Despite Jo’s reassurance that thirty feet was more than enough room for us all to coexist, my throat was in a sudden chokehold.
I cast a furtive glance at Calan and tried to send a silent message to him, a bundle of love and apology. My psychic message hit smackdab into an invisible wall.
I sucked in a breath. Was it this place screwing with my energy? Or had Calan cut himself off from me somehow?
The bubble of emotion in my chest doubled in size. The misery of Danny Smith was nothing compared to this uncertainty.
Since I couldn’t do anything about my romantic situation, I decided to distract myself from the unruly emotions and moved to help my mom, who was struggling to stay on her feet.
When I tried to give her a hand, she swatted me away. “No, no, I must do this on my own.”
“You mean standing or walking?” I asked, still trying to be helpful.
She didn’t answer. She just stared at Damien who was tied up, still on the ground across from her. There was a feverish glint in her steel-colored eyes.
My mother was a paradox. The deep lines under her eyes and around her mouth made her look old and worn. The dullness to her skin, hair, and heavy-lidded eyes could have been from the ambrosia, but perhaps it was just signs of age. Yet at the same time, underneath her hard edges, she possessed the beauty and youth of a teenager. Her figure was shapely, and her high cheekbones and the cupid-bow of her full lips were something most women would kill for.
Trying to not take her rebuff of my help personally, I crossed over to Damien. I grabbed the bit of sock sticking out of his mouth and yanked it out.
Damien coughed and spat. I jumped back just in time to avoid his projectile saliva. His dark brown eyes burned with hatred.
“Let me go and you can be the first to die. I’ll even make it relatively quick,” he said.
I tsked him while shaking out my wet sock. I had not thought my choice in gag through. I was not excited to wear his mouth juices on my foot. Blech. “As tempting as that offer is, I’m gonna have to pass.”
He spat again. “I will see you burn along with the rest of these clueless fuckers. I swear to you.”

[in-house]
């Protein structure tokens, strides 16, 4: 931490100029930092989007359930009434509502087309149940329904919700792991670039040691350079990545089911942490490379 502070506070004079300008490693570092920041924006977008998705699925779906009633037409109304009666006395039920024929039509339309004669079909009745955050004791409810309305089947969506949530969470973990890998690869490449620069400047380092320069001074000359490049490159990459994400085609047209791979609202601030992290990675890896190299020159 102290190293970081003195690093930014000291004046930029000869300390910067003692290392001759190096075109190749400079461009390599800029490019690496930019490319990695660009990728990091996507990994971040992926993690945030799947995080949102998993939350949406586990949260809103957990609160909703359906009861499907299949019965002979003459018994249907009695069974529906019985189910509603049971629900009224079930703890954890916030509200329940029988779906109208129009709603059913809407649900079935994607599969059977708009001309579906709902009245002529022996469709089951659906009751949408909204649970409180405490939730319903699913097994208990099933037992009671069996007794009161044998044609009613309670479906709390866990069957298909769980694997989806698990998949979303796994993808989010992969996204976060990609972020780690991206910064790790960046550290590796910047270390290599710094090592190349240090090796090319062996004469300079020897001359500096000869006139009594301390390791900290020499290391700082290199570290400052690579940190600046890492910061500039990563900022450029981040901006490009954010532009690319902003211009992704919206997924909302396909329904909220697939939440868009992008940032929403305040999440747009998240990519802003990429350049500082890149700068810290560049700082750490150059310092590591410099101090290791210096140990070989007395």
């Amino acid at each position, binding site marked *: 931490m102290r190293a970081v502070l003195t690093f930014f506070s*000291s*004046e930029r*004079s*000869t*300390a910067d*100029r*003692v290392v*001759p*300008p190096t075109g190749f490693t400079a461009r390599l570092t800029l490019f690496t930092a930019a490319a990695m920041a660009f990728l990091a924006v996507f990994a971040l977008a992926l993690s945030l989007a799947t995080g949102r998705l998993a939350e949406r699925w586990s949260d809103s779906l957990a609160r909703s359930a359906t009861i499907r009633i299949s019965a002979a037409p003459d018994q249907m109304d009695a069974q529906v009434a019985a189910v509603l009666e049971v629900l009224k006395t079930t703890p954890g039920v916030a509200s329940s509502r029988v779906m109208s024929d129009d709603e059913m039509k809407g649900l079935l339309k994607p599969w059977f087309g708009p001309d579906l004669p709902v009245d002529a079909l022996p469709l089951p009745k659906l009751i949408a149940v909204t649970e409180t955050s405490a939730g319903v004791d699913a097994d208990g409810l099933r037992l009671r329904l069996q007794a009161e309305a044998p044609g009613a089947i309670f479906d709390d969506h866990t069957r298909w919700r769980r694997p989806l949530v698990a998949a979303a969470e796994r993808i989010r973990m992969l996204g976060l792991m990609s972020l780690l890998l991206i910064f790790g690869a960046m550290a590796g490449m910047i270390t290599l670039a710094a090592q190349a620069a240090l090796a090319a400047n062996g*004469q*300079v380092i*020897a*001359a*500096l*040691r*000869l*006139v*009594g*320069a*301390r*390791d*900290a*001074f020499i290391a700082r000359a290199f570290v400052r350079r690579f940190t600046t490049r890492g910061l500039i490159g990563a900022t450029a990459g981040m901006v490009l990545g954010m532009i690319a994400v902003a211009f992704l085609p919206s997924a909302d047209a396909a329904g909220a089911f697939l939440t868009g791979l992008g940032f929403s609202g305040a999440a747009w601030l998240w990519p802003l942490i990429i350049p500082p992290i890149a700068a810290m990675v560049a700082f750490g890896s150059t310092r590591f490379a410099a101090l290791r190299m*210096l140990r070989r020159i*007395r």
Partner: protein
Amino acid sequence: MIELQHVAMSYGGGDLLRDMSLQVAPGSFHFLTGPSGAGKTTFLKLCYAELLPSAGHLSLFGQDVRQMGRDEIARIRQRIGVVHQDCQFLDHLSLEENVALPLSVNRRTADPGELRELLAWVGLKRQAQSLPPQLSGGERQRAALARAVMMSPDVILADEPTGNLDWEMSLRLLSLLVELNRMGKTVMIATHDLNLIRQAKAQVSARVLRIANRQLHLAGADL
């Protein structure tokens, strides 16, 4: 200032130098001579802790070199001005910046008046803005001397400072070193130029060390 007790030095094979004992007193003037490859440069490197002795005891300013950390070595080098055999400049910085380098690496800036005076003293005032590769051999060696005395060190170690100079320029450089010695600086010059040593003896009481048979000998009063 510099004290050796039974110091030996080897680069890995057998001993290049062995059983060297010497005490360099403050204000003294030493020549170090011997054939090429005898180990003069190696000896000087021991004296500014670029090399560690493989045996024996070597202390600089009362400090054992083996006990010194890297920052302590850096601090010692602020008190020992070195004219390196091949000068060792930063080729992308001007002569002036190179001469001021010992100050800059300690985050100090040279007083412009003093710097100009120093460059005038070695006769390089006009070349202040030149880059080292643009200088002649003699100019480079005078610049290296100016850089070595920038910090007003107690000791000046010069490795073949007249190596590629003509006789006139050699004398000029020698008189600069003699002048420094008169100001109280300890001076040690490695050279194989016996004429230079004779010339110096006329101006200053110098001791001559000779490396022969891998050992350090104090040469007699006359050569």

Regina came to stand next to me, palm resting on the hilt of her knife, which was tucked in the belt at her side.
“Can’t we just kill him and drag his body alongside us to keep the beasts at bay?”
I was tempted to snort a laugh, but I wasn’t sure she was joking.
“No.” Everyone stopped to turn and stare at my mother, who had barked out the word. Her dilated eyes were fastened on Damien. “You will not hurt this boy. Do you understand me?”
Even Damien reared back and blinked at my mother.
“Wonderful, now the hippie is protecting the dark one,” Ylang said with a huff.
My mom’s words came out in a strange warble. “There is darkness in him, but it was put there. We can take it out.”
“Like an exorcism?” I asked, not understanding one bit but trying my damnedest.
“Don’t be an idiot,” Regina said in a sharp tone. Then, as if realizing who she was talking to, she shifted her weight to her other foot and looked anywhere but me. “Sorry, of course you’re not an idiot. It’s just, your mother is clearly out of her mind at the moment. There is no use taking her seriously in this state.”
No one was likely to see the flush in my cheeks in this blue light. Regina was probably right, but I had been without my mom for so long, I was desperate to connect with her. At heart, I was still a child raising its arms up, desperate to be picked up and given attention.